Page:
Pandemic-induced disruptions to supply chains prompted consumers to start their holiday shopping as early as October in the last two years on fears that in-demand products would disappear from shelves by the traditional period around Thanksgiving in late November.

Even with supply-chain problems showing signs of easing and shelves at stores adequately stocked, Macy's does not expect the trend to change this year.

"We believe that holiday again this year will start early," Macy's Chief Financial Officer Adrian Mitchell said at the Goldman Sachs Global Retailing Conference on Thursday.

The department store chain is also discounting heavily to spur demand for discretionary products such as casual apparel, which has fallen out of fashion due to soaring inflation.

Best Buy Chief Executive Corie Barry said in August she expected shoppers to return to the usual late pre-pandemic holiday shopping pattern this year as they wait for the best deals on products at its stores.

Posted by Reuters

Citigroup wins appeal over mistaken Revlon $500M wire transfer


Citigroup Inc is entitled to recoup about $500 million of its own money that it accidentally wired Revlon Inc lenders three years early, a U.S. appeals court said on Thursday.

Reversing a lower court ruling, the 2nd U.S. Circuit Court of Appeals in Manhattan said it was improper to give the lenders a "huge windfall" by letting them keep Citigroup's money, and that they had been on notice the wiring was a mistake.

Citigroup, acting as Revlon's loan agent, had in August 2020 intended to make a $7.8 million interest payment on a loan for billionaire Ronald Perelman's now-bankrupt cosmetics company, but instead paid off the $894 million loan though it was not due until 2023.

Some creditors returned what they received, but 10 asset managers including Brigade Capital Management, HPS Investment Partners and Symphony Asset Management, whose clients included the Revlon lenders, did not.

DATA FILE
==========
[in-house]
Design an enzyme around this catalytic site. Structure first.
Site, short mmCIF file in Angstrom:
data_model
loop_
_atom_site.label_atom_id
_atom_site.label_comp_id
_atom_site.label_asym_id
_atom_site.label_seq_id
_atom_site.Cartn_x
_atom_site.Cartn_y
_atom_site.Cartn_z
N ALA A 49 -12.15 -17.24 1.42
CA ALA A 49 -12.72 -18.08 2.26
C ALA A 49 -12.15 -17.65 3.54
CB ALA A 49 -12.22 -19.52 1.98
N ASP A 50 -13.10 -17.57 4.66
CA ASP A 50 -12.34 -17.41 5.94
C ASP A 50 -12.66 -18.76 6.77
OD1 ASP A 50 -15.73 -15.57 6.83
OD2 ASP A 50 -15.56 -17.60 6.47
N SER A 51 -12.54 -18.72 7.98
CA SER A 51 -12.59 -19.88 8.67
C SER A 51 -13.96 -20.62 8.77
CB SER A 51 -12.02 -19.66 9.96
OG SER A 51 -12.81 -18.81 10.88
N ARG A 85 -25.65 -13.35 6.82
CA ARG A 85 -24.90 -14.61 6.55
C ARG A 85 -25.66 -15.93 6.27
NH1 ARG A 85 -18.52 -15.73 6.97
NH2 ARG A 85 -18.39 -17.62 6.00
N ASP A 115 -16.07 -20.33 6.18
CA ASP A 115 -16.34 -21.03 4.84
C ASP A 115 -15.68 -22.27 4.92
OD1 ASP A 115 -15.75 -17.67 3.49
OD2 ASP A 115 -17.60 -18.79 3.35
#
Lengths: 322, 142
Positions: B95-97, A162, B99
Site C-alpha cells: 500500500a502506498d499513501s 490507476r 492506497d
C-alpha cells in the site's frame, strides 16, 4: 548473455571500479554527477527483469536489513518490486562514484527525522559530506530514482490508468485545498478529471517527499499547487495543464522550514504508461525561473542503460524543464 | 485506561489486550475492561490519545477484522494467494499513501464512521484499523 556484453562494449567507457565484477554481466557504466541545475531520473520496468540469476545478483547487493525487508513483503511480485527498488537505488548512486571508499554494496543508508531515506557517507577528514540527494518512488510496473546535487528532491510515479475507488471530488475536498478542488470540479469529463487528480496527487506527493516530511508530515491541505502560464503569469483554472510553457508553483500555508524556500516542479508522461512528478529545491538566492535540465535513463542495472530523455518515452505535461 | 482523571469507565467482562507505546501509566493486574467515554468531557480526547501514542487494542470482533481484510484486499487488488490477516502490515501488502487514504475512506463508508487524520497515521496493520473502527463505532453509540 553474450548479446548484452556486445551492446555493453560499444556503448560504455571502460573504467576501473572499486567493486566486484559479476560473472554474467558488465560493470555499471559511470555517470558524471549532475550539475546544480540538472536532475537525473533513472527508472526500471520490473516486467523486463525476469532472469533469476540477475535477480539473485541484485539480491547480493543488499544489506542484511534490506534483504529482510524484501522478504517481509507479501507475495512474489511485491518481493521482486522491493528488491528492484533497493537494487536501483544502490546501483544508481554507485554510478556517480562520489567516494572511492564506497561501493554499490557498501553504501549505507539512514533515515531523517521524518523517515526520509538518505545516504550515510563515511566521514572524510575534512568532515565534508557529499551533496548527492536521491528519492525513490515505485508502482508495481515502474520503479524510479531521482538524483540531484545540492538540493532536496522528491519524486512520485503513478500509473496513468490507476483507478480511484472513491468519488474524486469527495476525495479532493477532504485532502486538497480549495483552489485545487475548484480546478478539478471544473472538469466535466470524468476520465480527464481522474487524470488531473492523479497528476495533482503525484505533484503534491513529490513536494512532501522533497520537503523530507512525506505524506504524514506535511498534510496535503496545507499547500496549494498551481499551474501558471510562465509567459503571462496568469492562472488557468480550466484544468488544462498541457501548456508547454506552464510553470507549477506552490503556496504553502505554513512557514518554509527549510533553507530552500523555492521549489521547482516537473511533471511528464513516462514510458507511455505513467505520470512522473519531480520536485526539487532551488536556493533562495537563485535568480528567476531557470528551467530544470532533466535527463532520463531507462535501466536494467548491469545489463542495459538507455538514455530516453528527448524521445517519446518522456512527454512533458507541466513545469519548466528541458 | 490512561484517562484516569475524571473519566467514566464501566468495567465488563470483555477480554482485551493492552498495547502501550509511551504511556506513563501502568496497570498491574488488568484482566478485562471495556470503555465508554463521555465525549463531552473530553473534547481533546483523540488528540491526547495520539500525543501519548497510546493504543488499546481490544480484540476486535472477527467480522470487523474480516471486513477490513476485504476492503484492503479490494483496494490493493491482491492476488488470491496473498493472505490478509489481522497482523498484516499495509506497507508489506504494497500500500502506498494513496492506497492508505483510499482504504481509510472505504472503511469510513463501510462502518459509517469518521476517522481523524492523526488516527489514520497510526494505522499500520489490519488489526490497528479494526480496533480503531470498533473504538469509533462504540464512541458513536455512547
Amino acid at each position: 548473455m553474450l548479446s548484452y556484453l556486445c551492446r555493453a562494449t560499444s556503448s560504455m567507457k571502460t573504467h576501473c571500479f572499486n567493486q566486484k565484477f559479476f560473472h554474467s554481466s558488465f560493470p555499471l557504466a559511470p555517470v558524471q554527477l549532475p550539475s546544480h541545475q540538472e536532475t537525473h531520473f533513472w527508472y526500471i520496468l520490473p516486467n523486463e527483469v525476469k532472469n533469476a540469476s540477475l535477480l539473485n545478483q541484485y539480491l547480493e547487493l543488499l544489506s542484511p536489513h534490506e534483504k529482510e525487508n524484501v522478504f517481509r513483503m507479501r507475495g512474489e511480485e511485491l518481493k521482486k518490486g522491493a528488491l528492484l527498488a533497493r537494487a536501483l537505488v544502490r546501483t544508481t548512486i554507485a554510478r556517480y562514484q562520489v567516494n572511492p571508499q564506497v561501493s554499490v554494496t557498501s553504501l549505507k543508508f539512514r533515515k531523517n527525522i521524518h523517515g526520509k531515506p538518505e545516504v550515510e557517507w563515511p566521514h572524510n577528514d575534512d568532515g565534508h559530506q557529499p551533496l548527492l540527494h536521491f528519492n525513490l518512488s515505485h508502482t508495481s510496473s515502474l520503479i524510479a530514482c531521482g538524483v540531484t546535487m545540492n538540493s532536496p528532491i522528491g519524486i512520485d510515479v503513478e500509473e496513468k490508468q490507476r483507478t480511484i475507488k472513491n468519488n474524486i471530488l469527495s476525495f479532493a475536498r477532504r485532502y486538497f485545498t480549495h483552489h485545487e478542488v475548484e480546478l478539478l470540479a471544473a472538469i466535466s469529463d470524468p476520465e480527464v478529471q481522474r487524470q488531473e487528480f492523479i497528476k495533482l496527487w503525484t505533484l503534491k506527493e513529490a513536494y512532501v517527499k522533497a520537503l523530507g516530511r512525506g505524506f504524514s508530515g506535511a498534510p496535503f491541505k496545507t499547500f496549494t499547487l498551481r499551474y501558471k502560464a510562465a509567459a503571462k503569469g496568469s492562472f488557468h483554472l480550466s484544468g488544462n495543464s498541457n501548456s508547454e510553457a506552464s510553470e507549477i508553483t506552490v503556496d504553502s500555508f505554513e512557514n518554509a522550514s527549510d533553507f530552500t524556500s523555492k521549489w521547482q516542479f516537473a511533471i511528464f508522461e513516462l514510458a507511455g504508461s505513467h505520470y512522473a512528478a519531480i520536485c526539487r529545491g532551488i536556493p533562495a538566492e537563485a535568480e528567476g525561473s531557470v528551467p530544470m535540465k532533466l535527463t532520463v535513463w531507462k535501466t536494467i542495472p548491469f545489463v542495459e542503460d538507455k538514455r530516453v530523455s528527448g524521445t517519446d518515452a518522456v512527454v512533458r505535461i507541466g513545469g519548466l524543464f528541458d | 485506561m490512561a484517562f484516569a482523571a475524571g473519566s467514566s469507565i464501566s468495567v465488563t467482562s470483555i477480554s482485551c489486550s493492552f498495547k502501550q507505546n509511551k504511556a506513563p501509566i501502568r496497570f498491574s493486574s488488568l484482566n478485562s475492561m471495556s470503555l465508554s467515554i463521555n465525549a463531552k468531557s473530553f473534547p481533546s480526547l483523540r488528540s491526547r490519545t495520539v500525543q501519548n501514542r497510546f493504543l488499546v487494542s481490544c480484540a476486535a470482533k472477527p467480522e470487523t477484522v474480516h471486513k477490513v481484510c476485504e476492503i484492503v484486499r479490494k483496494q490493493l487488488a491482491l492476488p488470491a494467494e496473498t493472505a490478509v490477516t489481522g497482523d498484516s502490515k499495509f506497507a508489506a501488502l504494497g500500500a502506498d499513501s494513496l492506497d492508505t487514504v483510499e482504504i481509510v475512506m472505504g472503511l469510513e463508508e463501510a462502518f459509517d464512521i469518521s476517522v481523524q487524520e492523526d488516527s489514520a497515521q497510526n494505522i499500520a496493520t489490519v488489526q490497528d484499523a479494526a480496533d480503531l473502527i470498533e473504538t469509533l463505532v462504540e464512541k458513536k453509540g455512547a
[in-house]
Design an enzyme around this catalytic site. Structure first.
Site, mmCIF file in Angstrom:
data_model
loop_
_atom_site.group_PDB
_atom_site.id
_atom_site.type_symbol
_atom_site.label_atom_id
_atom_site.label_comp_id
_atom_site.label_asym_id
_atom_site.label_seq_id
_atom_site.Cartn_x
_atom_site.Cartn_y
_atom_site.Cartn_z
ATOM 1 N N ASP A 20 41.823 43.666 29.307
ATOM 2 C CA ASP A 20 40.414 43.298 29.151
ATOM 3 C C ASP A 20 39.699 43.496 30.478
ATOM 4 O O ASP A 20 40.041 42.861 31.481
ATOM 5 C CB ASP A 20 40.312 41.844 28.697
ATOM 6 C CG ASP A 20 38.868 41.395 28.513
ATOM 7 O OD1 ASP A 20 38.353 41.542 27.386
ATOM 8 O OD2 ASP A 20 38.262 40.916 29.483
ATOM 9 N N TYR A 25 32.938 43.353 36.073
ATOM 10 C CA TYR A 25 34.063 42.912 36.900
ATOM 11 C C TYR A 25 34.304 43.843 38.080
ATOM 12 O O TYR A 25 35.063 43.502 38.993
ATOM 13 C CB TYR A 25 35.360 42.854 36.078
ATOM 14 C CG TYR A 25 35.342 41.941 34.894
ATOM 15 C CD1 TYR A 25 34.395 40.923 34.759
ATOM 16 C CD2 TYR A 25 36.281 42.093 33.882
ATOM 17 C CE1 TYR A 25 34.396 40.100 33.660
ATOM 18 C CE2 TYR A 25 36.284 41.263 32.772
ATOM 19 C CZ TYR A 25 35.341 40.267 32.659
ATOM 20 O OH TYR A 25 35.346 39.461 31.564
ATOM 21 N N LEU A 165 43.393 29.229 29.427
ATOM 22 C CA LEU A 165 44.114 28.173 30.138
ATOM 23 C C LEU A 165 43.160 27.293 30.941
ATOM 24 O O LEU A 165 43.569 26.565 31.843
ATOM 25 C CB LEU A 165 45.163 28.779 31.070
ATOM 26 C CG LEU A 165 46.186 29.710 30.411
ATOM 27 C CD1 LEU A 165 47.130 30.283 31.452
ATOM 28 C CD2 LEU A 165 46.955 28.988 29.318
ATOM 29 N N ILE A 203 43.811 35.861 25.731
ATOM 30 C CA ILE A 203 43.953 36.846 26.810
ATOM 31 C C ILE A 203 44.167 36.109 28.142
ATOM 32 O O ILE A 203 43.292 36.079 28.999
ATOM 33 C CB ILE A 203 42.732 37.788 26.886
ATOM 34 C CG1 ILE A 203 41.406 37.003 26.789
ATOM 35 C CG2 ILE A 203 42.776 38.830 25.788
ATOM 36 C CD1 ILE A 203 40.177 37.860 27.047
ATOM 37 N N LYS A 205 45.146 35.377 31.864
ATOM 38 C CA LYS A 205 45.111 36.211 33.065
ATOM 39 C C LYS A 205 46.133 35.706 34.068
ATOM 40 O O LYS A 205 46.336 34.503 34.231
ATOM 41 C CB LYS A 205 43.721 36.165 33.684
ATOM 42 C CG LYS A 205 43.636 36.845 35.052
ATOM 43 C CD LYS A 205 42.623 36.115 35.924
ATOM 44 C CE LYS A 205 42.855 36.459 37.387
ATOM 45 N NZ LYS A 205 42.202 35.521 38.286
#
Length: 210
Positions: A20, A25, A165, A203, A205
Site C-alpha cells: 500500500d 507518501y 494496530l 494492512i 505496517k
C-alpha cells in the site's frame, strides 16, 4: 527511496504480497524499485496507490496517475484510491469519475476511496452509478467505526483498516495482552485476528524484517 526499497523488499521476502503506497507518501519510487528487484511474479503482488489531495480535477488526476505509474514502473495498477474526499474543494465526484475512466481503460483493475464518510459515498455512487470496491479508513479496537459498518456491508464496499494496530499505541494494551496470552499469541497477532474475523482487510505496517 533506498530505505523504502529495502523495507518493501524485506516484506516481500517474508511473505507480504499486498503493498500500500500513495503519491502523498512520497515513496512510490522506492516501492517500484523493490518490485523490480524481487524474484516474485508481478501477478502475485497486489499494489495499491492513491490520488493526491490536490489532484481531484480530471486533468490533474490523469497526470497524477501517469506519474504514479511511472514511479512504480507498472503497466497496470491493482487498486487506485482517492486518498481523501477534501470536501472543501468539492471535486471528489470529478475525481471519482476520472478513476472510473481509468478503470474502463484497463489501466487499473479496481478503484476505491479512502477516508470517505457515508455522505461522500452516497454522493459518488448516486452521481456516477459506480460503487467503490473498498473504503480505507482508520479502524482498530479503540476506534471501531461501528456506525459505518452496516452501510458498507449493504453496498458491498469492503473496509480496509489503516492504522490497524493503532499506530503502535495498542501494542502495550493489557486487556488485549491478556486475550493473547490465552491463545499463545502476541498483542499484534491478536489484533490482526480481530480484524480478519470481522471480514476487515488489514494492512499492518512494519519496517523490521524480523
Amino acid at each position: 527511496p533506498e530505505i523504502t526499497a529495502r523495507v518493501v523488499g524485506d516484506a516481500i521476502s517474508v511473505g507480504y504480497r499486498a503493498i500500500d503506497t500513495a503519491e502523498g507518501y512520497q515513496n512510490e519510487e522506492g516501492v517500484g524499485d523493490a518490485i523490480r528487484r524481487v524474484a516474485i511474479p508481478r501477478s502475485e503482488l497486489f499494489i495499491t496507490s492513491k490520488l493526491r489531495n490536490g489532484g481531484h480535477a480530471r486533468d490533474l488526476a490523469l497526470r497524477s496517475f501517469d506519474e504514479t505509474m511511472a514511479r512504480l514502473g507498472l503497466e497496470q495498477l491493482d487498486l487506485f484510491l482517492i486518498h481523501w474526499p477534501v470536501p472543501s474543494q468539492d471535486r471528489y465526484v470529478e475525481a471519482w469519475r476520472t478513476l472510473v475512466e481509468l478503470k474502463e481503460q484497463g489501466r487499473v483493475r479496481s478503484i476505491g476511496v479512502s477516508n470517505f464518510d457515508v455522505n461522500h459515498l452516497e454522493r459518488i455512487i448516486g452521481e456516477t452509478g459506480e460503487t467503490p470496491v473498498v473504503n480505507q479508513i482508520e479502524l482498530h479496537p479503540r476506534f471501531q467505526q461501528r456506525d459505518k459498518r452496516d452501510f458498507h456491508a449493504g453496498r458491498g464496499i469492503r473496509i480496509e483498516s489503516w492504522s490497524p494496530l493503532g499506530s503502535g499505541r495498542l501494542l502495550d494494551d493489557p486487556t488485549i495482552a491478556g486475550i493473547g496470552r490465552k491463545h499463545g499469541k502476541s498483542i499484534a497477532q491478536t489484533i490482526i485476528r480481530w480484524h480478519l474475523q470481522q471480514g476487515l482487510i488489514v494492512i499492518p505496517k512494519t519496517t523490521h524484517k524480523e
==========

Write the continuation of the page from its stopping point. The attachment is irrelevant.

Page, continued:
They said Citigroup paid exactly what was owed, and they had no reason to believe a sophisticated bank would err so badly. They also noted that Perelman had bailed out Revlon before.

Industry groups warned a ruling against Citigroup could subject banks to excessive liability risks and destabilize the approximately $1.2 trillion U.S. syndicated loan market.

Revlon filed for Chapter 11 protection from creditors on June 15, and Thursday's decision could result in the asset managers being involved in restructuring talks.

The New York-based company's shares fell about 10% within minutes of the decision, but recouped those losses.

Posted by Reuters
Breaking News

Stocks rally after Powell doubles down on rate hikes

XLC $54.11-0.13-0.24

In a see-saw session all three of the major U.S. stock averages posted gains after Federal Reserve Chairman Jerome Powell said rate hikes will continue until ‘the job is done’ fighting inflation. Healthcare and financials paced the gains, while communication and consumer staples lagged. In commodities, oil rose 1.9% to $83.54 per barrel.